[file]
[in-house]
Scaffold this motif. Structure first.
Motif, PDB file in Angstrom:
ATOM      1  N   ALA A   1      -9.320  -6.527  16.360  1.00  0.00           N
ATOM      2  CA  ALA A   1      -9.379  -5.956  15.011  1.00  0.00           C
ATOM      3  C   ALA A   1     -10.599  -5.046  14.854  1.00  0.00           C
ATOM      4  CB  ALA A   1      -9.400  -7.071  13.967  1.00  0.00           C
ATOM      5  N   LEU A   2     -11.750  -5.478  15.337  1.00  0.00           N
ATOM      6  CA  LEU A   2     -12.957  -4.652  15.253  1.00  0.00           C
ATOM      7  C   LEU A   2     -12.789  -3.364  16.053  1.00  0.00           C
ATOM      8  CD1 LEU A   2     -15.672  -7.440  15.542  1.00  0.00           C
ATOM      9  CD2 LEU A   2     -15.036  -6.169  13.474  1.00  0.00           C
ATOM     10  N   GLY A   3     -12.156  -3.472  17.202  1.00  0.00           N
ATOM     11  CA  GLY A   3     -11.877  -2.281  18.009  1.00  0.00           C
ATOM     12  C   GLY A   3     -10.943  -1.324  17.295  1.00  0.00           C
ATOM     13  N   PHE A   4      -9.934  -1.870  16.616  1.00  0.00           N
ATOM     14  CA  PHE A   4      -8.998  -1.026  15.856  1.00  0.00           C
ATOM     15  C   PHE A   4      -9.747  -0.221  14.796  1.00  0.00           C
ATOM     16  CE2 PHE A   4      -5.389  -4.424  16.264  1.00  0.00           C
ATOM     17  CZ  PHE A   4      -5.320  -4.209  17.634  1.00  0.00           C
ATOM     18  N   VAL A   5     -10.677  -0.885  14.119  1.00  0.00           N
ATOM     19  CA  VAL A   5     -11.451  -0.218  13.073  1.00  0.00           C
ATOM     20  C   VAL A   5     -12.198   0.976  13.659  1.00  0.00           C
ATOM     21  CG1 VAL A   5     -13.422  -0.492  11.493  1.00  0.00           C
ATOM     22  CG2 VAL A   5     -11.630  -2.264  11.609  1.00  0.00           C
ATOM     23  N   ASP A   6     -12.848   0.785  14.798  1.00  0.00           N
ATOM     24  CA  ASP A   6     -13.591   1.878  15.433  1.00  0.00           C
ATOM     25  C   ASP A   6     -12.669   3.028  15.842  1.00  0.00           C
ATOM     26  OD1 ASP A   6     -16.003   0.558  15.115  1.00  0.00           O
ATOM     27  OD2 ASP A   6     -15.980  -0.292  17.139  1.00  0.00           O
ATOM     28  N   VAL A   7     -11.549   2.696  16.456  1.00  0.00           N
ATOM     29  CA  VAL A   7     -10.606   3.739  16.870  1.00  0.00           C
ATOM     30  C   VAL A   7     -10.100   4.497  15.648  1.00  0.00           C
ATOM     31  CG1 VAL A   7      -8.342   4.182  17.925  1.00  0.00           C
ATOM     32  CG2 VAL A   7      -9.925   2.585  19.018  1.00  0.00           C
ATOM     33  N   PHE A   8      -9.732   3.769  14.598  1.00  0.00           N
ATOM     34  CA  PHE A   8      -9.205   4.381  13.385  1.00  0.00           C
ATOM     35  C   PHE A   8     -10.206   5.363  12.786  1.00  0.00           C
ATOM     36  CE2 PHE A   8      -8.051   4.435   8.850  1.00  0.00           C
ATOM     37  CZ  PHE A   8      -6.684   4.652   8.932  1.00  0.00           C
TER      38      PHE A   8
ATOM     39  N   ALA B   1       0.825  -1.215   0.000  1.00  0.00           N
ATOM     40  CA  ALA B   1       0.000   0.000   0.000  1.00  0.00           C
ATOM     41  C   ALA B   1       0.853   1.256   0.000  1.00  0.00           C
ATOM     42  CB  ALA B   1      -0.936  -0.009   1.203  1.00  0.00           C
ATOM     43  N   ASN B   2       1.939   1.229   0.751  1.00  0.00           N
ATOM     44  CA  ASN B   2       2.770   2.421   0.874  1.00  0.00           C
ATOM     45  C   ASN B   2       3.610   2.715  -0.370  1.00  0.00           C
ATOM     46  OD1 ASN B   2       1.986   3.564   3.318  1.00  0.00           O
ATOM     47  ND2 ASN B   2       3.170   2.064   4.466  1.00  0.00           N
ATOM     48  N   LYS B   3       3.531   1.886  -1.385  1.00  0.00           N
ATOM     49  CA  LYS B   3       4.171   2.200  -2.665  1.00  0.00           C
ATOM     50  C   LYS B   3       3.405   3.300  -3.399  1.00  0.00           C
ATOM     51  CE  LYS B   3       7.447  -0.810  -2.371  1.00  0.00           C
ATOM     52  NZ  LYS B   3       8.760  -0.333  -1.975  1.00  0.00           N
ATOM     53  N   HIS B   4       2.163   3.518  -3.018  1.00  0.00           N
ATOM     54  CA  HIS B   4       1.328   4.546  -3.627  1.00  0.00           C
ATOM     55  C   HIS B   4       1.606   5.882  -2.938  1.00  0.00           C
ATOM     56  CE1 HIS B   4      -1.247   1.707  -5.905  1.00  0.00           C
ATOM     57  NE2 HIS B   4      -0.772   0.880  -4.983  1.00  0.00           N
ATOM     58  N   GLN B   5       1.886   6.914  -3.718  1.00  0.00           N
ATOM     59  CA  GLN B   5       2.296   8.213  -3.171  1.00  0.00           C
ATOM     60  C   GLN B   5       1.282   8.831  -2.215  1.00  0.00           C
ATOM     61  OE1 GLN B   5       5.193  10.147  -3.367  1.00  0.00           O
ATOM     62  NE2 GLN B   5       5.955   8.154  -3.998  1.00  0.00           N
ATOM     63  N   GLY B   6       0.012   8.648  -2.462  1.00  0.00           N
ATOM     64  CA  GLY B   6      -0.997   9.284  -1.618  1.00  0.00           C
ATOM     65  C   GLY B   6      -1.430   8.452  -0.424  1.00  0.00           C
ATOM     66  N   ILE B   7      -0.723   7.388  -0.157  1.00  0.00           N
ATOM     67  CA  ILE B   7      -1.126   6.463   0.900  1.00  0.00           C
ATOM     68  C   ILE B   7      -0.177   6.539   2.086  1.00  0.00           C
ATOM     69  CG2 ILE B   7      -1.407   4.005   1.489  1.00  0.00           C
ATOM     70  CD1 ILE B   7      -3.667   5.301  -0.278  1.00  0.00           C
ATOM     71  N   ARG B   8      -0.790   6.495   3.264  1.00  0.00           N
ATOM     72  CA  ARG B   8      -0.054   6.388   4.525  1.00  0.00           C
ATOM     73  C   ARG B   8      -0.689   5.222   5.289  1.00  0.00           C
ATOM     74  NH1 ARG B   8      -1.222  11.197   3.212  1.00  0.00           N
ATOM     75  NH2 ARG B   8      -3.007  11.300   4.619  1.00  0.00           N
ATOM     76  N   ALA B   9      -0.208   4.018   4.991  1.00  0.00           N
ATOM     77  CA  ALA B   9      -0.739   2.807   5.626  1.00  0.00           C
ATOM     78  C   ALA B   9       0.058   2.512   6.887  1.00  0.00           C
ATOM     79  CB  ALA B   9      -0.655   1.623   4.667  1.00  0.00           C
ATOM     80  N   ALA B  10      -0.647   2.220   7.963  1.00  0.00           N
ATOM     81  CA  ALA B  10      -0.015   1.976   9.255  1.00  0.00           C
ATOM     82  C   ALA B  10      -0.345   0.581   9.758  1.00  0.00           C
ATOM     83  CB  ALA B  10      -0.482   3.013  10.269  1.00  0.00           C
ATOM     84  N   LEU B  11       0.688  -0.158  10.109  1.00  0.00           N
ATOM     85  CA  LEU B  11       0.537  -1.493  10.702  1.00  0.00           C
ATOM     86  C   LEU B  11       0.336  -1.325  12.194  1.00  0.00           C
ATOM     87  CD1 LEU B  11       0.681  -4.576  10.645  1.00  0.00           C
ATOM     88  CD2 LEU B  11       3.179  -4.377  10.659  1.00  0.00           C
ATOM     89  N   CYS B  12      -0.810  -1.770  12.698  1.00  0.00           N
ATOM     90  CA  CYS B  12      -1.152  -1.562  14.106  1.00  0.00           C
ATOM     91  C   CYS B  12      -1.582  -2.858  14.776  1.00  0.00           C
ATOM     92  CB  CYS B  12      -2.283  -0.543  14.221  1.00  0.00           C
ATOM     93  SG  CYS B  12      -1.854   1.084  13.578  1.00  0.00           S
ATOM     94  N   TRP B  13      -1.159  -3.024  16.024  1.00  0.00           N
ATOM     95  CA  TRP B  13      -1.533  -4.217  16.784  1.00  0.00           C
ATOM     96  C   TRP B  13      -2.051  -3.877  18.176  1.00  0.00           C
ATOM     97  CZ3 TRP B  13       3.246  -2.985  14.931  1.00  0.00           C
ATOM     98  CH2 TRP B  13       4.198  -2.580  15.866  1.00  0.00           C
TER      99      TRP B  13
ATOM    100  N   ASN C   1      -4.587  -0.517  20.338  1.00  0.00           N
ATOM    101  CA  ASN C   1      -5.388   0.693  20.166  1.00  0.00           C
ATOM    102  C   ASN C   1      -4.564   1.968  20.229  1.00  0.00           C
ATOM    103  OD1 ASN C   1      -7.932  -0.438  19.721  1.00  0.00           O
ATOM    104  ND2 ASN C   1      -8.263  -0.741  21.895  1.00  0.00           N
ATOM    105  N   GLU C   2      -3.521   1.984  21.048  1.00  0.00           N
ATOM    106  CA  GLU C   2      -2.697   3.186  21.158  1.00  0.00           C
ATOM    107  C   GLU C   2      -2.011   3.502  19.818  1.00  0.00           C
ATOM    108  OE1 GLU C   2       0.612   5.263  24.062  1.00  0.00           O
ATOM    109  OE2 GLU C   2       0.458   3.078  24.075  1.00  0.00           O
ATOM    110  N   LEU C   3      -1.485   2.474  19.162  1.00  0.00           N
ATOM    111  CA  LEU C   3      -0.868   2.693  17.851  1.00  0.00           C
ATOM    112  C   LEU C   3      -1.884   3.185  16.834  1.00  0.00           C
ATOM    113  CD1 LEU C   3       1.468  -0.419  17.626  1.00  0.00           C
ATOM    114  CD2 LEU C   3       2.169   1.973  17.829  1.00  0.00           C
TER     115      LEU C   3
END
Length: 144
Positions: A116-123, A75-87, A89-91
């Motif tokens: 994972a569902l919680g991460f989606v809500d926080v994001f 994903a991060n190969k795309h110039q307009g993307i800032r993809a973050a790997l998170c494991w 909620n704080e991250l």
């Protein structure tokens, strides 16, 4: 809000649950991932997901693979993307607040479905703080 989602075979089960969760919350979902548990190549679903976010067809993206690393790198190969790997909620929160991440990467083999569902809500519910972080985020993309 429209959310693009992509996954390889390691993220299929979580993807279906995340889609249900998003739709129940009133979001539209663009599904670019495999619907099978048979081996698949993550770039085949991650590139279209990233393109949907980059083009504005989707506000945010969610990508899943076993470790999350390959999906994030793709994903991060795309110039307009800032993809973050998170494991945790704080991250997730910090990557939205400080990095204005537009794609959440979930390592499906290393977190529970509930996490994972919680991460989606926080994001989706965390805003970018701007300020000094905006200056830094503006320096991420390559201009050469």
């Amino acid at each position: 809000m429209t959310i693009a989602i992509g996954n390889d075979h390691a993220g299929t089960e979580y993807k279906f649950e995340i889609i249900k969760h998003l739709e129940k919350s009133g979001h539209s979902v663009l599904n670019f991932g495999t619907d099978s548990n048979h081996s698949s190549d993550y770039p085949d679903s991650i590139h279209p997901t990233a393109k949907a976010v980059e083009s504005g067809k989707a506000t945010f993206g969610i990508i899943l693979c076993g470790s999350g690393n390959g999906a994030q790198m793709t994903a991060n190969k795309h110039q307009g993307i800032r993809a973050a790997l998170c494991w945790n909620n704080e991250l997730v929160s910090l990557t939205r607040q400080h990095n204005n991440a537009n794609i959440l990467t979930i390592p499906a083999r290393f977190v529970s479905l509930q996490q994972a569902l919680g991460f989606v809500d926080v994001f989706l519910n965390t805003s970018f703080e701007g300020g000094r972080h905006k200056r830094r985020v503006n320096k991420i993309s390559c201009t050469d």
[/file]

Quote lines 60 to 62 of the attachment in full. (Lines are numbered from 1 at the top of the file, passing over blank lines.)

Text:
ATOM     57  NE2 HIS B   4      -0.772   0.880  -4.983  1.00  0.00           N
ATOM     58  N   GLN B   5       1.886   6.914  -3.718  1.00  0.00           N
ATOM     59  CA  GLN B   5       2.296   8.213  -3.171  1.00  0.00           C